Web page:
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Understanding Leaseback Agreements

 Posted on May 21, 2024 in Real Estate Law

TX real estate lawyerWhether you are planning to purchase residential or commercial real estate, there is a chance that the seller will request what is called a leaseback agreement. A leaseback agreement allows the seller to continue to occupy the property for a brief period of time after closing in exchange for paying rent to the buyer. There are many reasons sellers request these agreements. For example, the seller might find out that there will be a delay in when his new home or business location will be ready to move into, or the seller might have difficulty getting his belongings cleared out before closing. Although leaseback agreements are common, they are risky for the buyer. Always consult a Cleburne, TX real estate lawyer before agreeing to a leaseback.

The Risks of a Leaseback Agreement

When you enter into a leaseback agreement, you legally become the seller’s landlord as soon as you close on the property. Some of the risks involved include:

  • The seller does not leave on time - Depending on why the seller requested a leaseback, he may well find that he is not yet ready to move out when the leaseback agreement officially expires. For example, if the seller leases back a residential home because his new home is under construction, there is a chance that his new home will still not be ready when the leaseback agreement ends. He may request an extension - or he may simply fail to vacate the premises, forcing you to evict him.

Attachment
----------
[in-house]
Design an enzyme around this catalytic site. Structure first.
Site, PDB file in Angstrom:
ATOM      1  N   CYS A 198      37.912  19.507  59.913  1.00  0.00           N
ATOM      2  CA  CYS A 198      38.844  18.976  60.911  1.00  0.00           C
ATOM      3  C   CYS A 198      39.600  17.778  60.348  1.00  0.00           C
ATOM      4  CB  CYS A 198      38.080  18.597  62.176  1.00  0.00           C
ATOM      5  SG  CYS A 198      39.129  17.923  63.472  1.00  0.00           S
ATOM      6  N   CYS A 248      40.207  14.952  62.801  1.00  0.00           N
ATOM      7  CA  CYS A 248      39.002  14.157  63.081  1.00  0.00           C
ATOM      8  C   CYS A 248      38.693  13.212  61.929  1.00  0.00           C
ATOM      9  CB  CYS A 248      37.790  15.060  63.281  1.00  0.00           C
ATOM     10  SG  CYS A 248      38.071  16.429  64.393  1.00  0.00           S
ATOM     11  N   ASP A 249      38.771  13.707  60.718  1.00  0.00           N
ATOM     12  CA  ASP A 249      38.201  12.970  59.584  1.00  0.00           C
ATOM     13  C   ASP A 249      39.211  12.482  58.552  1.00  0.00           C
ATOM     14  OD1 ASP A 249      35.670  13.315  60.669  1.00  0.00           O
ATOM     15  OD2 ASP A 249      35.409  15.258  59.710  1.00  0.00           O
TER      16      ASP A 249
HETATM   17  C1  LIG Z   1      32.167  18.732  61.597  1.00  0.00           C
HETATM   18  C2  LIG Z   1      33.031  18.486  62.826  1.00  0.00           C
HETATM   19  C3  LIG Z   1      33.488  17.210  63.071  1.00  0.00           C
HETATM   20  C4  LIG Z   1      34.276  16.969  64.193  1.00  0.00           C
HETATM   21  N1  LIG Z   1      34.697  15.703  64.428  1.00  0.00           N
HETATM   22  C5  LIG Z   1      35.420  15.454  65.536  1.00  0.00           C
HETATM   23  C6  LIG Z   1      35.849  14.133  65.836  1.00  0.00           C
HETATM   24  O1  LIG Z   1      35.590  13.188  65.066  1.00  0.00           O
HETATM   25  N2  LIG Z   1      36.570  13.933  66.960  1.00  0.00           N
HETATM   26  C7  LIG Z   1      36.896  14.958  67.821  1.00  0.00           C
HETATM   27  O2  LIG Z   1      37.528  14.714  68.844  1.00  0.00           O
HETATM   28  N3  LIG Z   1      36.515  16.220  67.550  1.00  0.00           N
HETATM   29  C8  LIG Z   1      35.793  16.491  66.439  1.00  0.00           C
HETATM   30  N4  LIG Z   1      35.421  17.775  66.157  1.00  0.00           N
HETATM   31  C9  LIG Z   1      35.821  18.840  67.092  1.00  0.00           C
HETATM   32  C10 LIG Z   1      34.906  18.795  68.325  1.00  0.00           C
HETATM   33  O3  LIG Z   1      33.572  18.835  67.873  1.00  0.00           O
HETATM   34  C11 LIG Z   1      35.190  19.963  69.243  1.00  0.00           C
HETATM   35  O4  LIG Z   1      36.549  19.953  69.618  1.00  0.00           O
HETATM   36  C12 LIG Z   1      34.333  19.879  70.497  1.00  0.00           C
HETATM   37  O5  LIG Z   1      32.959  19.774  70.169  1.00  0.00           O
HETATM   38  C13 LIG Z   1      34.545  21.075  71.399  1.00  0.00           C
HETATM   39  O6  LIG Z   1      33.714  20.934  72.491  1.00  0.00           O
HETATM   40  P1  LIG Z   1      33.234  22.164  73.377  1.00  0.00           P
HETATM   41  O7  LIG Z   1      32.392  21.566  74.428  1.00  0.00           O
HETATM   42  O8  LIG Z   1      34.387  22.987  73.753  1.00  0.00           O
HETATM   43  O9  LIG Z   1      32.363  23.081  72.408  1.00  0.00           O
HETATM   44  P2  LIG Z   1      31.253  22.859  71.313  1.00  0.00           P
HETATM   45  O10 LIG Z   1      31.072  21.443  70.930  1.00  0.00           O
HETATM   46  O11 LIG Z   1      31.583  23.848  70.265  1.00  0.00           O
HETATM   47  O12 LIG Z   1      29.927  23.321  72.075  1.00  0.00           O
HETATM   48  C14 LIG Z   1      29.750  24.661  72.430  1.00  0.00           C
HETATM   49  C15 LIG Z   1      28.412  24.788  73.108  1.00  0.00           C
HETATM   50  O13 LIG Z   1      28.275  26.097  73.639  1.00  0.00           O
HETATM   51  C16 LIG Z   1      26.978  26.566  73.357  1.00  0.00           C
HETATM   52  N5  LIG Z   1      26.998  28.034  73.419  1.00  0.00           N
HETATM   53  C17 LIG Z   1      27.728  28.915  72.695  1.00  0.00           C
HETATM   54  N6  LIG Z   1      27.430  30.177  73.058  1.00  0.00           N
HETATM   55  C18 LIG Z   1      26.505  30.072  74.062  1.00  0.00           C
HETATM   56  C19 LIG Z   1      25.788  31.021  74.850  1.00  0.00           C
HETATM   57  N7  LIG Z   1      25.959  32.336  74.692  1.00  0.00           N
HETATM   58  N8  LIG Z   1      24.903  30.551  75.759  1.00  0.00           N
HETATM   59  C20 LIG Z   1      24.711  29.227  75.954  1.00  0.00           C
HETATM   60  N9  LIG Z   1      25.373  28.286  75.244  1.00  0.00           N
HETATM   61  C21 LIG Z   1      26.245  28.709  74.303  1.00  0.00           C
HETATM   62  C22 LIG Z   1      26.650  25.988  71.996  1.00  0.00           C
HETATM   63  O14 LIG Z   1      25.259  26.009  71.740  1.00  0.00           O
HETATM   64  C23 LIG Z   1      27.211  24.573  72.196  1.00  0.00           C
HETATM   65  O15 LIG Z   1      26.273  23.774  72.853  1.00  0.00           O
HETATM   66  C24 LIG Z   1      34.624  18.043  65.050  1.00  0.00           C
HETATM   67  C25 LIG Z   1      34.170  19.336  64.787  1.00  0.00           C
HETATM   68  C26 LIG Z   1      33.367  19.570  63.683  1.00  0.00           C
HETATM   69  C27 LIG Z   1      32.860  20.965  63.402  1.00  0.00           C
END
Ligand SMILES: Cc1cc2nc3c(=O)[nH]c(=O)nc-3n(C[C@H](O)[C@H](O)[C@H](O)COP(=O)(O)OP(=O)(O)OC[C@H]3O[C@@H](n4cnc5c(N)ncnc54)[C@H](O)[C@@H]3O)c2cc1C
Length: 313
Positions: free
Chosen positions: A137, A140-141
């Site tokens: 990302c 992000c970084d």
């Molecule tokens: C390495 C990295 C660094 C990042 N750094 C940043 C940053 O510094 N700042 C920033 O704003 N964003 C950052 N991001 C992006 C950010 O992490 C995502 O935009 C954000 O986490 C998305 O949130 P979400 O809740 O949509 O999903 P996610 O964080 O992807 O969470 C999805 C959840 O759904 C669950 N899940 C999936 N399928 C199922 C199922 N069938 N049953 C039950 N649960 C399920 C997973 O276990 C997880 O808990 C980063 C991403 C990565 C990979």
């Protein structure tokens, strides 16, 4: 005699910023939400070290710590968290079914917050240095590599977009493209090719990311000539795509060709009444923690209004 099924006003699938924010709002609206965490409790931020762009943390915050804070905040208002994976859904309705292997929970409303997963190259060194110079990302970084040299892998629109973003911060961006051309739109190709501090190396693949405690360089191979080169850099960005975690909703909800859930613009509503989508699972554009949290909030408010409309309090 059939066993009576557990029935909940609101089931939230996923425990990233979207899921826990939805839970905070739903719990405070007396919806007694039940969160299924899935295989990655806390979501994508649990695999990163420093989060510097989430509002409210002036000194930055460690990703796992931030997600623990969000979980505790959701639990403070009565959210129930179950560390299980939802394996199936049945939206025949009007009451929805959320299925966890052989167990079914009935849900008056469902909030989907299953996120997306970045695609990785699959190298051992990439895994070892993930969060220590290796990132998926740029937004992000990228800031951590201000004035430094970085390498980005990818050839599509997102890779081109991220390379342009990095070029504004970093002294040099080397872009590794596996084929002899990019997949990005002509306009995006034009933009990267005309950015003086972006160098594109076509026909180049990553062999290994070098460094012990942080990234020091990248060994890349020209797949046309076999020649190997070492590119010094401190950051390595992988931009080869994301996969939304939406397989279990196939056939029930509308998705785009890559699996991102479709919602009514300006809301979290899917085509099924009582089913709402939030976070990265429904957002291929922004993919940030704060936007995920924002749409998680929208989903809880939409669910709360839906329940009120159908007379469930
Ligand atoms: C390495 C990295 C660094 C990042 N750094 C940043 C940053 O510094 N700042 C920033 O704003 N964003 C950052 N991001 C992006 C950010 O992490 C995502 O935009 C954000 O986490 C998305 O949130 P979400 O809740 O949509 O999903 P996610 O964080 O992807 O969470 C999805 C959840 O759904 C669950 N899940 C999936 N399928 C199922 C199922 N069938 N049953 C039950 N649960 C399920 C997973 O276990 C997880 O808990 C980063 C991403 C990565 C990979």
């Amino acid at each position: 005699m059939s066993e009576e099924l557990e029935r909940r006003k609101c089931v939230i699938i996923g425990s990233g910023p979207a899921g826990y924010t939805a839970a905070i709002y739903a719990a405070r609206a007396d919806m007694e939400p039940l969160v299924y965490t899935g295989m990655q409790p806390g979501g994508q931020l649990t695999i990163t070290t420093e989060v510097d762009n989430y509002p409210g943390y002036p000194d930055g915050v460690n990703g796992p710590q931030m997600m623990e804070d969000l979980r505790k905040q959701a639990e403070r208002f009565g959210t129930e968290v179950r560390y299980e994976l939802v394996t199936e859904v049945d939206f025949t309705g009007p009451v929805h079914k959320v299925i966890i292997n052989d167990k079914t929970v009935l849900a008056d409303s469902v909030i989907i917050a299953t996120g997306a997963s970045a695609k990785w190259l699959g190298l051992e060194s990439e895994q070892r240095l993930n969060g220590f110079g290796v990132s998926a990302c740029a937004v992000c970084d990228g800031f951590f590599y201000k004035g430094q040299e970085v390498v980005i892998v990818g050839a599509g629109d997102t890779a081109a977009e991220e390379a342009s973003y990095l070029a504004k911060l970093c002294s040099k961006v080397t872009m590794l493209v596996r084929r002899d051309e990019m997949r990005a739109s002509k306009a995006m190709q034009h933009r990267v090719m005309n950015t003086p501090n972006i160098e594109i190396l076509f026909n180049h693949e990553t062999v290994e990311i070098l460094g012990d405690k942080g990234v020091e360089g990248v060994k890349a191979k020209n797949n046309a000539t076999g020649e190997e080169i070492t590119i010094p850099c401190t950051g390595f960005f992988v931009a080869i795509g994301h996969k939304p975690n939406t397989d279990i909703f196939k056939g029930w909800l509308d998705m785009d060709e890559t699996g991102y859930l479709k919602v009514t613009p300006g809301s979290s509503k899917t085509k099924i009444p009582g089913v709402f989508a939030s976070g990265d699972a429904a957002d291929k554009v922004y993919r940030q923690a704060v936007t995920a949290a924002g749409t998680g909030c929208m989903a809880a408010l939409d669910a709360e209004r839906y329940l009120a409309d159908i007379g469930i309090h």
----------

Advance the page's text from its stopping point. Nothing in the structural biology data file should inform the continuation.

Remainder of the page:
• Property damage - The relationship between you and the seller will change if you become his landlord. Once the seller is just a tenant in the property, he may not care so much about keeping it in good condition, especially if the relationship between you sours. There is a risk that the seller will begin causing property damage, either out of carelessness or out of spite. If you are going to enter into a leaseback agreement, it is best to collect a security deposit. 
  • Property left behind - When the seller vacates before closing, you can do a final walkthrough and ensure that the seller has removed all his belongings. In a leaseback, you do not have this opportunity. The seller may leave behind worthless property or even garbage that you will then need to haul away at your own expense. 

Contact a Tarrant County, TX Real Estate Attorney

Cain & Kiel Law is committed to protecting buyers in their real estate transactions. Our experienced Cleburne, TX real estate lawyers work as a team to better serve our clients. Contact us at 817-645-1717 for a confidential consultation.

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